Back in the heyday of the mortgage boom, lenders eliminated many of the so-called “barriers” to home-ownership, such as the requirement that buyers make a downpayment on their homes. This was a great way to juice the market for homes and mortgages, but it also turned out to be a great way to encourage defaults. In fact, the practice of eliminating down-payments seemed so closely linked to mortgage defaults that Congress outlawed one version of it.
Now the federal government is bringing back the days of 0% down. From Business Week:
Buyers who haven’t owned a home for three years or longer are eligible for an $8,000 tax credit, thanks to a provision in this winter’s stimulus package. Now, under a little-noticed program announced May 29, the Federal Housing Administration will steer the funds to cover closing costs directly—in some cases even offsetting the 3.5% minimum down payment FHA loans require. That’s enough to cover most or all of the down payment and fees for homes up to the U.S. median price, now about $169,000.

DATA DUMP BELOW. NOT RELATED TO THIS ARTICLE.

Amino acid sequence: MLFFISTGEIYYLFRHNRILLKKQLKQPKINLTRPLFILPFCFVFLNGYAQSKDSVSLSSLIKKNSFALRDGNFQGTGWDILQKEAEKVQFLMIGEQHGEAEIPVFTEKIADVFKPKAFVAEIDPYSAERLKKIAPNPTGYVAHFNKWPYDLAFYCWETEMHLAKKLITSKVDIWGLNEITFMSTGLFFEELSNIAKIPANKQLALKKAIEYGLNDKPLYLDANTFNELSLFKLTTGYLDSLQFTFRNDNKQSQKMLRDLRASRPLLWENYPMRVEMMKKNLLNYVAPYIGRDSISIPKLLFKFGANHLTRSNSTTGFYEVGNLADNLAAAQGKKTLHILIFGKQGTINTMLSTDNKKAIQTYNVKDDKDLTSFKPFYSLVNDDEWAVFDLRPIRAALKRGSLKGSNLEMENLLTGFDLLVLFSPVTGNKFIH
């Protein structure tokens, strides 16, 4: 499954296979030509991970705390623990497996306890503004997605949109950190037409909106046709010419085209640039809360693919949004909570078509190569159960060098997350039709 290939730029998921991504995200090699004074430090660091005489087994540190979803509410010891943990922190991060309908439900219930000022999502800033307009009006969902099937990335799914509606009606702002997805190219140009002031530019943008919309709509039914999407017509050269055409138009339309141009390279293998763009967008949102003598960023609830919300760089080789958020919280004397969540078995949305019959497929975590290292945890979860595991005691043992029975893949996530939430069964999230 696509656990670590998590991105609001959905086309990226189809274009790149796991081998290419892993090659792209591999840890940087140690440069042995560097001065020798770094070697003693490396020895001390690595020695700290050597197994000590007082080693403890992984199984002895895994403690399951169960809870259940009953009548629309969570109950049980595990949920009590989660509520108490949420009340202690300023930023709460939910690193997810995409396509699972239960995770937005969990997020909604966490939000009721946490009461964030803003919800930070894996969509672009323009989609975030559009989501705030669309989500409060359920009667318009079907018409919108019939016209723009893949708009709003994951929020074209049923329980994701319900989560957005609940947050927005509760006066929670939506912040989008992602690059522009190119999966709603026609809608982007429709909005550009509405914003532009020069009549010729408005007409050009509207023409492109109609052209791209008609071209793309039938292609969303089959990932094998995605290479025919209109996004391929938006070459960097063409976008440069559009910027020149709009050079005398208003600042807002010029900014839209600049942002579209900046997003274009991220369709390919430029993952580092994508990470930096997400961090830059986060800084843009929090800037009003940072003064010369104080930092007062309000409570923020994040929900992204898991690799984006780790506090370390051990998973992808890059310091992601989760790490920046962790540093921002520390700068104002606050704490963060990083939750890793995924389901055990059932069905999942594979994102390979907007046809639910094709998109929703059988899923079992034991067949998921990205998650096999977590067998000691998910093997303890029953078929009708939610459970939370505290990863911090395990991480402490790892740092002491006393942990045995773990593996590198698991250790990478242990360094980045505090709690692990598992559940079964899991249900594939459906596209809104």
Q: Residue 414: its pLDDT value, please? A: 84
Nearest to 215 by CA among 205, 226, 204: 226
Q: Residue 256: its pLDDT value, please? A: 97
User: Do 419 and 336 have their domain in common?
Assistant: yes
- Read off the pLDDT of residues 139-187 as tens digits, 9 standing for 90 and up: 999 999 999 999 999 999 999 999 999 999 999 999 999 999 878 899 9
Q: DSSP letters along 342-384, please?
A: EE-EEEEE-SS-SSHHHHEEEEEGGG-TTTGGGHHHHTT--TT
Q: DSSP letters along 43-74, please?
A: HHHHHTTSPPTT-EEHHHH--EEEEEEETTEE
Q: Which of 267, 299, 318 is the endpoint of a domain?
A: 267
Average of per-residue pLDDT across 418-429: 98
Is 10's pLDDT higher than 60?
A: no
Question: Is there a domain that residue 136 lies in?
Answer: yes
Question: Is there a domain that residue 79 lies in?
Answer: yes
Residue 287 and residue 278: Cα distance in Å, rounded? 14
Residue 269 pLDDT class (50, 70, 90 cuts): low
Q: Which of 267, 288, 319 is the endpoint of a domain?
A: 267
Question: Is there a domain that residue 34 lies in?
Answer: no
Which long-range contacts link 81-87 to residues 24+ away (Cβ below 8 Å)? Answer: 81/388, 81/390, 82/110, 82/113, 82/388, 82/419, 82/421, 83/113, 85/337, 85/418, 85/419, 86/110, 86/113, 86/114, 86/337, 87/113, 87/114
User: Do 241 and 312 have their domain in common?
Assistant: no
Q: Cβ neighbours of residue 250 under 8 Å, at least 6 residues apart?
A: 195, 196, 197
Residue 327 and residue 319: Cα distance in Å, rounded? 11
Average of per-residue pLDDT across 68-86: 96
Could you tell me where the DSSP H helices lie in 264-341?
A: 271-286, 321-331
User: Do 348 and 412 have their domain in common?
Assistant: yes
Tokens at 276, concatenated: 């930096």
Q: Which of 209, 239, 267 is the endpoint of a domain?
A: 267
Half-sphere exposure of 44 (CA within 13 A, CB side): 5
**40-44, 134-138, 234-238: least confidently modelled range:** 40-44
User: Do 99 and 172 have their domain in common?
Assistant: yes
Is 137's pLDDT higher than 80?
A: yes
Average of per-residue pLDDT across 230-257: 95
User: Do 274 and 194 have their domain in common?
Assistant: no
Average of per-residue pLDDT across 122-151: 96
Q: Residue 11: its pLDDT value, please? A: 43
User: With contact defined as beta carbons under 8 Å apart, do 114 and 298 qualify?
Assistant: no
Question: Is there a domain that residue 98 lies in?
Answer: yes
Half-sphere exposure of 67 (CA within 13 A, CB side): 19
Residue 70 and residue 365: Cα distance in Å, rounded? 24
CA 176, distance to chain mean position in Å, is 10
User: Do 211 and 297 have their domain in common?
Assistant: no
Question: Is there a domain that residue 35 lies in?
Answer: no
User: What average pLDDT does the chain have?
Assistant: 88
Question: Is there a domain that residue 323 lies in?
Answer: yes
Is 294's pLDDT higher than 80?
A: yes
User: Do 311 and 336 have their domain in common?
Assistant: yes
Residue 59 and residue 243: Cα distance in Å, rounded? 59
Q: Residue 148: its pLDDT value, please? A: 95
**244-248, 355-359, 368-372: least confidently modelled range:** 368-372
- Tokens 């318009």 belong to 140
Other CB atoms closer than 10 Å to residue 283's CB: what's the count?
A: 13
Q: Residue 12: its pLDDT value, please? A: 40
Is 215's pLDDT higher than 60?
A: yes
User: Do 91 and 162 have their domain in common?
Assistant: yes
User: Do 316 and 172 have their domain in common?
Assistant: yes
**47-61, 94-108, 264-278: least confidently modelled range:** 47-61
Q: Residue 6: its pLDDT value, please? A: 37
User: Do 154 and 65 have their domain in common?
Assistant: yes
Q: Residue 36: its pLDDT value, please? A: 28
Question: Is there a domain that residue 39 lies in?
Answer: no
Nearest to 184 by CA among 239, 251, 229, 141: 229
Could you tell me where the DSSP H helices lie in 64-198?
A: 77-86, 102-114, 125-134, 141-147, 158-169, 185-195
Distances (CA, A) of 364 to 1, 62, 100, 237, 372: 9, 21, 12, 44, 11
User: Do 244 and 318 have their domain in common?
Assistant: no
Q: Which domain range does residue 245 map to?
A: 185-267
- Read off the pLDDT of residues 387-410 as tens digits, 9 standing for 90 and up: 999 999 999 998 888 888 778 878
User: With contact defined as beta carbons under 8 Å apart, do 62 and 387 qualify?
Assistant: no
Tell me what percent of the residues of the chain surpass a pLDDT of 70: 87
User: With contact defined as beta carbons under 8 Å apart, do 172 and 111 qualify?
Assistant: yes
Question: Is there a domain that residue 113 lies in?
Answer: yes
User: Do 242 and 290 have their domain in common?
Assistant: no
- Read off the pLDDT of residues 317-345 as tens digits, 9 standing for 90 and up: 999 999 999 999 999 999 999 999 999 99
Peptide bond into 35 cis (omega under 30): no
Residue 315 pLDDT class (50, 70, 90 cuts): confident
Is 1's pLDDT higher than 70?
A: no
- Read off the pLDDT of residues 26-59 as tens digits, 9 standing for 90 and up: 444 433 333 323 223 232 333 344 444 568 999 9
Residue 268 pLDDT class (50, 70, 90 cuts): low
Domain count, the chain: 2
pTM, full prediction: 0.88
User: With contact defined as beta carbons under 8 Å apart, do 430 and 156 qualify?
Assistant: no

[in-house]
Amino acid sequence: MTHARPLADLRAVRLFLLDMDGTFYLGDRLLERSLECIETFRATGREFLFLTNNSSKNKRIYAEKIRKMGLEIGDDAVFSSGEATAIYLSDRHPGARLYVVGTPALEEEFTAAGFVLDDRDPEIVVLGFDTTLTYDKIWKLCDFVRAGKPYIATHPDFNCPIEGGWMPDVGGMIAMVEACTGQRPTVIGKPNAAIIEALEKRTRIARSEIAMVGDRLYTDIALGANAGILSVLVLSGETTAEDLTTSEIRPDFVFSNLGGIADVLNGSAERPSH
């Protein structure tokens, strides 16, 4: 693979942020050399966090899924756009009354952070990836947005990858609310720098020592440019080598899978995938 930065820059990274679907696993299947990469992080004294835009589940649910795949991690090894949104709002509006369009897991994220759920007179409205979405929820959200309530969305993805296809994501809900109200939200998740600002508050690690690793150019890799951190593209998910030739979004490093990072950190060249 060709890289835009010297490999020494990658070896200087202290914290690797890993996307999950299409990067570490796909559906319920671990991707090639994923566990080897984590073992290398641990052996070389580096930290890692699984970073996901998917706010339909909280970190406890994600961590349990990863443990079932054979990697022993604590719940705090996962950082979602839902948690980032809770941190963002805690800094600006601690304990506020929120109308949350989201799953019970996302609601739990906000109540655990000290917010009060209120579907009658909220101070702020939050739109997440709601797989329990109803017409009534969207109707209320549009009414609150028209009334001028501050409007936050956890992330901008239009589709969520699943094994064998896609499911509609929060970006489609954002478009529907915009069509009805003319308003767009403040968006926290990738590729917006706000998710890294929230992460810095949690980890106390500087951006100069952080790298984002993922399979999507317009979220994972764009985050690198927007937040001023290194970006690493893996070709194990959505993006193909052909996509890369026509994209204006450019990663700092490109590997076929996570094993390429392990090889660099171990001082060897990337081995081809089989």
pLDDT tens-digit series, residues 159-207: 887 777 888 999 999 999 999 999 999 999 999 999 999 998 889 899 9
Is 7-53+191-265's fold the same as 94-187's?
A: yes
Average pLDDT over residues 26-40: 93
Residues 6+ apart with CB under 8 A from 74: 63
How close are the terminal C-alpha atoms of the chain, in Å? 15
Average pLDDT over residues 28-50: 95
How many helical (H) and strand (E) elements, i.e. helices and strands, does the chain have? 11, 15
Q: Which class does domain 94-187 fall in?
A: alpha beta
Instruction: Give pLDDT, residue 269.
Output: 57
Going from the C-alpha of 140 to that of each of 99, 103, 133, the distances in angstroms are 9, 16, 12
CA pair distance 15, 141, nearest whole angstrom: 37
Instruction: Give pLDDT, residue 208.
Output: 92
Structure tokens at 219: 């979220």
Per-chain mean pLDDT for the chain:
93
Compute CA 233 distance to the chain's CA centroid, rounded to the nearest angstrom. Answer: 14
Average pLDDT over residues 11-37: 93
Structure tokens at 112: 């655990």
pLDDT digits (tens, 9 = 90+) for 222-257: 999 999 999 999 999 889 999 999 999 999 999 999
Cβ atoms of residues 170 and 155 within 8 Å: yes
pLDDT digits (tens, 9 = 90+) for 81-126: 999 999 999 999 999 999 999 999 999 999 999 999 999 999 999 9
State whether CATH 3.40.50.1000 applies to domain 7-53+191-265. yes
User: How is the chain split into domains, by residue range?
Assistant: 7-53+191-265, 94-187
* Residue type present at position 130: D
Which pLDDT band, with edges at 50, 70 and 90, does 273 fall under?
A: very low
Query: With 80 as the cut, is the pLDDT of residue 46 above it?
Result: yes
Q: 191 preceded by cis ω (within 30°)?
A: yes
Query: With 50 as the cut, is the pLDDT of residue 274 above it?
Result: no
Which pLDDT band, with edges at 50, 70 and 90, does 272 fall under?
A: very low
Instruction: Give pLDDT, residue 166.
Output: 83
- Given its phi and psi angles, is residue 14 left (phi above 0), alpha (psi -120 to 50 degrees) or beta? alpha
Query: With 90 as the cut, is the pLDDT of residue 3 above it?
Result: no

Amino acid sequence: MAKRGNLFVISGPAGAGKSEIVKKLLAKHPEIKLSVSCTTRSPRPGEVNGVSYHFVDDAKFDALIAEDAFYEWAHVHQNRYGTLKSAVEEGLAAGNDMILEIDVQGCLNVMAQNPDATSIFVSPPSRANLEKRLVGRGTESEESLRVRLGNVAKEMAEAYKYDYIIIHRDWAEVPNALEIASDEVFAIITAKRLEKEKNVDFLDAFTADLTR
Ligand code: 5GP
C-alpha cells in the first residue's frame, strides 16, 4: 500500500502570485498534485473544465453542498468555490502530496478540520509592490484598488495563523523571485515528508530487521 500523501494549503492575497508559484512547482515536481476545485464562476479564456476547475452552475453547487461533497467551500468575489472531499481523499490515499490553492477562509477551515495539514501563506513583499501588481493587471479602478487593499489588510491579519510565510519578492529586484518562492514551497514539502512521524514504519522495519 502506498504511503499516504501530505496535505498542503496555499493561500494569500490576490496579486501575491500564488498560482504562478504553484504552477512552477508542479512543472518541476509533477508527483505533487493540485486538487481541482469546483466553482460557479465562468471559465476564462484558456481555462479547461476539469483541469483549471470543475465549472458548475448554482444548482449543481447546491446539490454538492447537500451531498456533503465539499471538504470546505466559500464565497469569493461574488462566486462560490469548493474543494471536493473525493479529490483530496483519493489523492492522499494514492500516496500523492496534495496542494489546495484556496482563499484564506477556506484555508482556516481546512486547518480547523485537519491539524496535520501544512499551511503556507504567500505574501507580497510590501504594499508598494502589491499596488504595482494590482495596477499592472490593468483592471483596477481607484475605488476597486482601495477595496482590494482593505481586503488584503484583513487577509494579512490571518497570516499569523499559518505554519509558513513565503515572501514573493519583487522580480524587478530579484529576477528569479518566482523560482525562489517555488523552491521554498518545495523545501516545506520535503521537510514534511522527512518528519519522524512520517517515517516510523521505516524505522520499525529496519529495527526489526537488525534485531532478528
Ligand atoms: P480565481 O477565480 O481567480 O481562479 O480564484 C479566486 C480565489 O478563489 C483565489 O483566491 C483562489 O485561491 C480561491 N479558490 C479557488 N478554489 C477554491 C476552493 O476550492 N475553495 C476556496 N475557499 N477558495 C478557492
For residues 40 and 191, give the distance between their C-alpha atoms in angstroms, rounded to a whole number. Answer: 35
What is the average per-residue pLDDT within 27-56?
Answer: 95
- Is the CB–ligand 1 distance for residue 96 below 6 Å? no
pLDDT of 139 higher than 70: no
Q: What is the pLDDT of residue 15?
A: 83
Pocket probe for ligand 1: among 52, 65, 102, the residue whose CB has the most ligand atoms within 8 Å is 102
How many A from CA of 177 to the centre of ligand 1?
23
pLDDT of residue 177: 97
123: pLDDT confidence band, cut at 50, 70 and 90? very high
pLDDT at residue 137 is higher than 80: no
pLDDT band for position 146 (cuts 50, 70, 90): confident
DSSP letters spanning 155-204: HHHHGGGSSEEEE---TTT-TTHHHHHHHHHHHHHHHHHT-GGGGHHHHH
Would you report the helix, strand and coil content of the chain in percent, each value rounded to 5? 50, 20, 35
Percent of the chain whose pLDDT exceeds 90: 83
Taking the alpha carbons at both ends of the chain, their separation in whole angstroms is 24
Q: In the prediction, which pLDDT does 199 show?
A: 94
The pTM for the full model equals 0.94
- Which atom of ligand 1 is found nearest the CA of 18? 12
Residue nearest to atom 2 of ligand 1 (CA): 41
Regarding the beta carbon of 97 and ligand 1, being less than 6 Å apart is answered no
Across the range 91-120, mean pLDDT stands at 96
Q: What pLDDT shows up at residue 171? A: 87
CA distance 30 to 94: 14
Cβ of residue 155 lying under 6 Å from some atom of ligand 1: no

Officials hope “monetizing” the tax credit will help revive the housing market, because meeting closing costs is one of the biggest hurdles for new home buyers. The National Association of Home Builders predicts it will add 40,000 to the 160,000 sales originally expected to be spurred by the tax credit. Supporters say the move avoids the worst effects of seller financing, in that the credit is essentially the buyer’s money, and government assistance doesn’t give sellers a perverse incentive to inflate prices in an unsustainable manner.
What could go wrong?